Despite the Government Shutdown, the National Weather Service will continue to have two meteorologists stationed 24/7 at the regional office in Wakefield.
However, it’s what’s happening outside the office, or not happening, that is a concern.
This is the time of year that the National Weather Service is supposed to be training various agencies at the local and state level.
“Training on some of the newer warning services, the way warnings are actually delivered, reviewing some of the events over the past year, some that worked well and maybe some that didn’t work so well,” said Jeff Orrock of the National Weather Service.
Orrock said due to the shutdown that training has been put on hold.
“We are starting to fall behind in our planning and on things we would normally be doing with our partners,” said Orrock.
The shutdown has also prohibited the national weather service from conducting routine maintenance on their field equipment…specifically at Norfolk International and Patrick Henry Airports.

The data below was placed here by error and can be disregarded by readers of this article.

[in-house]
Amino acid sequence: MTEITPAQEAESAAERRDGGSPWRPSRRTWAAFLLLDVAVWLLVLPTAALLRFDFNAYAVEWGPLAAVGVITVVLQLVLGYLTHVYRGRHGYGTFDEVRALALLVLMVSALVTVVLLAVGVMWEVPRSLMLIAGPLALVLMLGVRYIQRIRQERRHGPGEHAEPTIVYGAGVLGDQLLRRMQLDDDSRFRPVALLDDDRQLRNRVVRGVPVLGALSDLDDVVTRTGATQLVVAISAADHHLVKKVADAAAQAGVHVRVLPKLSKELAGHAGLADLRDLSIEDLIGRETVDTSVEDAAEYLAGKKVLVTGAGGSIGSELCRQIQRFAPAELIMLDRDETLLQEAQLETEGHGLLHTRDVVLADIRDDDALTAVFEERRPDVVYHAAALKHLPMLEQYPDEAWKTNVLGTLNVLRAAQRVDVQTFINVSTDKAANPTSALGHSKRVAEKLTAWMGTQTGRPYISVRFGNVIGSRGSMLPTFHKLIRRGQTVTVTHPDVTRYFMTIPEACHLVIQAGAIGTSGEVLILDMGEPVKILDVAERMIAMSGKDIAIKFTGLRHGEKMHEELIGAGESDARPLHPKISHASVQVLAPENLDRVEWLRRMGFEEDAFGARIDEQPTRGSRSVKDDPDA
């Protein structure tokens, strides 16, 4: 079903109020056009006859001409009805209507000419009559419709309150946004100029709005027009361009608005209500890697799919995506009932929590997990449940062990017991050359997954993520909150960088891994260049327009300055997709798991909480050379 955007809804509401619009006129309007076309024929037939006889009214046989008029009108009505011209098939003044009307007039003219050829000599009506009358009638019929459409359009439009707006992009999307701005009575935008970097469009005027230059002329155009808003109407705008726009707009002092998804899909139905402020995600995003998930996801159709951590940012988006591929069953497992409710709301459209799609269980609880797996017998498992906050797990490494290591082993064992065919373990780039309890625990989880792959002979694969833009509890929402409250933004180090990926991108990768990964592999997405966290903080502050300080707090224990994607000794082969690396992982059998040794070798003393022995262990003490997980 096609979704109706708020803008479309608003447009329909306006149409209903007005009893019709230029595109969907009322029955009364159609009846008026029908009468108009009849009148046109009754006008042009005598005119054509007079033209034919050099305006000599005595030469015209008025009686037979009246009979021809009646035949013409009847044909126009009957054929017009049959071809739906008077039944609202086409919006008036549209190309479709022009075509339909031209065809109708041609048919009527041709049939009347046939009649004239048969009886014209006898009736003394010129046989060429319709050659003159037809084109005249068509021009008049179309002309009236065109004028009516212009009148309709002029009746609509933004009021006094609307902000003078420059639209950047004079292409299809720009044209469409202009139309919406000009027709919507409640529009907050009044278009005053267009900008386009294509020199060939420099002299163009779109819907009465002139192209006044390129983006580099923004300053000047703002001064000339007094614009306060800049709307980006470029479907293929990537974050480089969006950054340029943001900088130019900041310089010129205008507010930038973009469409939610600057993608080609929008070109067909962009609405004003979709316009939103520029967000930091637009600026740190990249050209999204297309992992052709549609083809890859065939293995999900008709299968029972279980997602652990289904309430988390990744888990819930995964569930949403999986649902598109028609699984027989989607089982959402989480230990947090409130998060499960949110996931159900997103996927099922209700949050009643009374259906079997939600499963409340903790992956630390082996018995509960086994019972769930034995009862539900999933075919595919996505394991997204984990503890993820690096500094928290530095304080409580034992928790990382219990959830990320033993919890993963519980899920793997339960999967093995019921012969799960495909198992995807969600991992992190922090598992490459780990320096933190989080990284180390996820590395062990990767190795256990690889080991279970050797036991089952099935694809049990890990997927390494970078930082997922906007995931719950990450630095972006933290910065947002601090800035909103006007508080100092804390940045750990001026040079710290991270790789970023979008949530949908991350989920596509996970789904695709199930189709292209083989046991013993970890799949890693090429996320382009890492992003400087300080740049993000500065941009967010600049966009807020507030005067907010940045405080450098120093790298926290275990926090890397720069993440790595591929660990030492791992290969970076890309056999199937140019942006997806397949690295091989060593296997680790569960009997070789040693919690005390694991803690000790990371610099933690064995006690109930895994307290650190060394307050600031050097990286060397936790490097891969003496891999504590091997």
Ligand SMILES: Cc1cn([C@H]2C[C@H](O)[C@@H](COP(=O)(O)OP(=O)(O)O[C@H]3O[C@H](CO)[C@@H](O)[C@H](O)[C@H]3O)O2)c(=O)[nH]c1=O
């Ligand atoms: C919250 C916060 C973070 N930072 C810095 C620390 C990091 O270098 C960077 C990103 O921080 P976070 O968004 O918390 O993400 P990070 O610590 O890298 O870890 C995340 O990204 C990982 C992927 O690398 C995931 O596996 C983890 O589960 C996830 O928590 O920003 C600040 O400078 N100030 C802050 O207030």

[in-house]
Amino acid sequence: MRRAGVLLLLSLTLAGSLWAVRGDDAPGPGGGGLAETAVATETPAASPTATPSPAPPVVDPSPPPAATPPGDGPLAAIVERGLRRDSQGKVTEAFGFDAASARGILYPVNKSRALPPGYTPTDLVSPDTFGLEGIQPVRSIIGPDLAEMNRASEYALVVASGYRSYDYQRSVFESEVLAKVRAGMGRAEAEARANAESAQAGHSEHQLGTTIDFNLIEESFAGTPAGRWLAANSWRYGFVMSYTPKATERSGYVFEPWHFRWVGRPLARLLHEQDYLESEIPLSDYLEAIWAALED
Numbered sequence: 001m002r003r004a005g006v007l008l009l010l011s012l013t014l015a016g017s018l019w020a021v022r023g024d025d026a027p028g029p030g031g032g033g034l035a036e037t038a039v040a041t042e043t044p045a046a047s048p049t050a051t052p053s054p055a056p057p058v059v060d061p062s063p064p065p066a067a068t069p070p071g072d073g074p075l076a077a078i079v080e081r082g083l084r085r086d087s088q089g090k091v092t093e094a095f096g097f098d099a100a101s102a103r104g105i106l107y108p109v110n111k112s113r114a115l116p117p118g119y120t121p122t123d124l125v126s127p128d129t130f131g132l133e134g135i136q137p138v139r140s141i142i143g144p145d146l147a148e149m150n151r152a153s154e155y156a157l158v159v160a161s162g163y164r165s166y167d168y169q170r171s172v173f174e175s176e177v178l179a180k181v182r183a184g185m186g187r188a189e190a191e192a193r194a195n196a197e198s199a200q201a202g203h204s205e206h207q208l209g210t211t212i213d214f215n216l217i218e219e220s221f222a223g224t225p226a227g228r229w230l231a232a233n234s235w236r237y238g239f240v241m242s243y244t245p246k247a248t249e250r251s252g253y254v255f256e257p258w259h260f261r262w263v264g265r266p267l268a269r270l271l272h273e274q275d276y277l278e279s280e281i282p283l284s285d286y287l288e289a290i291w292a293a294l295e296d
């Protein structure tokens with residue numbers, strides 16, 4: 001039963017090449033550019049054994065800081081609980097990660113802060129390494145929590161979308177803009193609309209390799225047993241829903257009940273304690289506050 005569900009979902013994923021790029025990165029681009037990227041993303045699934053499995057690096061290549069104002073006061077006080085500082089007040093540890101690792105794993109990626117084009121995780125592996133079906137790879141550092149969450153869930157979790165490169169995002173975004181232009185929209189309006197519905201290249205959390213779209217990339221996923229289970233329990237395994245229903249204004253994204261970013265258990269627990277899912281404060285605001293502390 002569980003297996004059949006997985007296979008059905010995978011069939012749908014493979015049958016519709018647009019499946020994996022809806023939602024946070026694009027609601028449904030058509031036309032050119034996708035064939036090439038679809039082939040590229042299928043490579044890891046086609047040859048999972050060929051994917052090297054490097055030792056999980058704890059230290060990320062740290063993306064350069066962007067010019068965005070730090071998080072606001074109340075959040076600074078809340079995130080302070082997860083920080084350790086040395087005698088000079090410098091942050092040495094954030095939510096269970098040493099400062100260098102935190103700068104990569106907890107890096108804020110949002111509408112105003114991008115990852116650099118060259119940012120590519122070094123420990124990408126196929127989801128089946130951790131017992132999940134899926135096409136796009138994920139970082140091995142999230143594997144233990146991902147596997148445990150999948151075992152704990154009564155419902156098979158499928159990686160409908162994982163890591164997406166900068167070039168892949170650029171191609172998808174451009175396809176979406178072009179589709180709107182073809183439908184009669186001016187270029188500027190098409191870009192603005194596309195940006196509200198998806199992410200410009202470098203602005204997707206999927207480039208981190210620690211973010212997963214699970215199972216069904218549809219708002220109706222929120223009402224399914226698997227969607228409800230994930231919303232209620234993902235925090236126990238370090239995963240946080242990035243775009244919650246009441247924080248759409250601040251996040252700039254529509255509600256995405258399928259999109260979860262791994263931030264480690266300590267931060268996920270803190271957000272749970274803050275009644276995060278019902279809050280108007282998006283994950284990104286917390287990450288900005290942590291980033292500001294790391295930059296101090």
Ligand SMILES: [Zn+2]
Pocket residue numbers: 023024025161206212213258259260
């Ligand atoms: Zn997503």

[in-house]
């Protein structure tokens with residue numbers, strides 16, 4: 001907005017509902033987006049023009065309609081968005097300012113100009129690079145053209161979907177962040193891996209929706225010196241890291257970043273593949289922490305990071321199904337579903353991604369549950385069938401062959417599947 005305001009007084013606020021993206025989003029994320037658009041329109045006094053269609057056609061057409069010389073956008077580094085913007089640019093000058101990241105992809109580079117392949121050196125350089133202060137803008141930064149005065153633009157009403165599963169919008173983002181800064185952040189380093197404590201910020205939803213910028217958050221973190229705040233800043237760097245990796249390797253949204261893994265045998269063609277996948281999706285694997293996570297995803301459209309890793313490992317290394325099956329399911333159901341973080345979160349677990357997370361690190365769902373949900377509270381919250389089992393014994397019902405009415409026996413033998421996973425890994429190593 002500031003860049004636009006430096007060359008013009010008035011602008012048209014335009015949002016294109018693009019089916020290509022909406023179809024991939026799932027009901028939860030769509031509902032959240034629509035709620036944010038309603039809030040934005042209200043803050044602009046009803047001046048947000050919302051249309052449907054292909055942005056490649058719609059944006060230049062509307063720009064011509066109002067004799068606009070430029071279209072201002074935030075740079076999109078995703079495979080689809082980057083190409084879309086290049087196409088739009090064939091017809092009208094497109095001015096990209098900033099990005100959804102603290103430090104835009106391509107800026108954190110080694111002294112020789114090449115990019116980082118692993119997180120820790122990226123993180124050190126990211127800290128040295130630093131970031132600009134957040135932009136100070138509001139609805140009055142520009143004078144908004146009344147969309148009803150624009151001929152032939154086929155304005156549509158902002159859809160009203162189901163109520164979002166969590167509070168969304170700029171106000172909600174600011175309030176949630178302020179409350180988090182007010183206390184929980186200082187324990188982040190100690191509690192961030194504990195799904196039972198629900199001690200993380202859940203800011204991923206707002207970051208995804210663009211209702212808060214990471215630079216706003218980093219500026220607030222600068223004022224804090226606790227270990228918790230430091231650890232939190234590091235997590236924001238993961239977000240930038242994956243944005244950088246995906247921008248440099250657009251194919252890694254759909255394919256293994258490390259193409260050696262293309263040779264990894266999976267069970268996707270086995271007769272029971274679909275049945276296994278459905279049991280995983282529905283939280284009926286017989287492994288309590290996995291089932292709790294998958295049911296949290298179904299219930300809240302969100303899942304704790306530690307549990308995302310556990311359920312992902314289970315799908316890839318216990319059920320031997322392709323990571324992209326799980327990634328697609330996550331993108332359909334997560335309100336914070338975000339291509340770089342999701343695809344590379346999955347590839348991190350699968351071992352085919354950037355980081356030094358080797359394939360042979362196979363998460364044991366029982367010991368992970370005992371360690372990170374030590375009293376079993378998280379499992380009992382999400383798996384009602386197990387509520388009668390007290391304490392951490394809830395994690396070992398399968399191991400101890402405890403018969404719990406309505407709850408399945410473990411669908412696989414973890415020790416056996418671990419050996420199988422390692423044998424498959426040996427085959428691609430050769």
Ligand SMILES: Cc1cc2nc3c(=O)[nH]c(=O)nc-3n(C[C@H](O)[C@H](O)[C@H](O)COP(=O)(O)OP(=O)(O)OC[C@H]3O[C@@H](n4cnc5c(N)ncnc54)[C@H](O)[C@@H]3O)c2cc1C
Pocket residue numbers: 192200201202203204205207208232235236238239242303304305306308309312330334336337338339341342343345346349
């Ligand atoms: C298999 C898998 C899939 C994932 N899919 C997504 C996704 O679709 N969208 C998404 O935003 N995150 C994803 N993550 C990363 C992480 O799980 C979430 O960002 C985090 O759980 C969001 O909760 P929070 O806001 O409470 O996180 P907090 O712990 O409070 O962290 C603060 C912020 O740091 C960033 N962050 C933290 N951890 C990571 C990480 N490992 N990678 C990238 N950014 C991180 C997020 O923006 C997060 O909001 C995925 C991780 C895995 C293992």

“Weather data coming from those systems is really what tells the pilots what the conditions are, takeoff and landing the optimeter, gives them an idea of airspeed, landing speed gives them an idea of crosswinds,” said Orrock.
The National Weather Service says a third worry that could begin to arise is a drop in morale. Meteorologists are unable to predict how many paydays they could miss.
“Other shutdowns, we worked through them pretty quickly, and there has been a lot of good negotiations where this one seems to be much more deadlocked and could be around a bit longer, thinking more long term,” said Orrock.
The National Weather Service is putting together a plan to check on their field equipment, but it will be a much slower process than normal.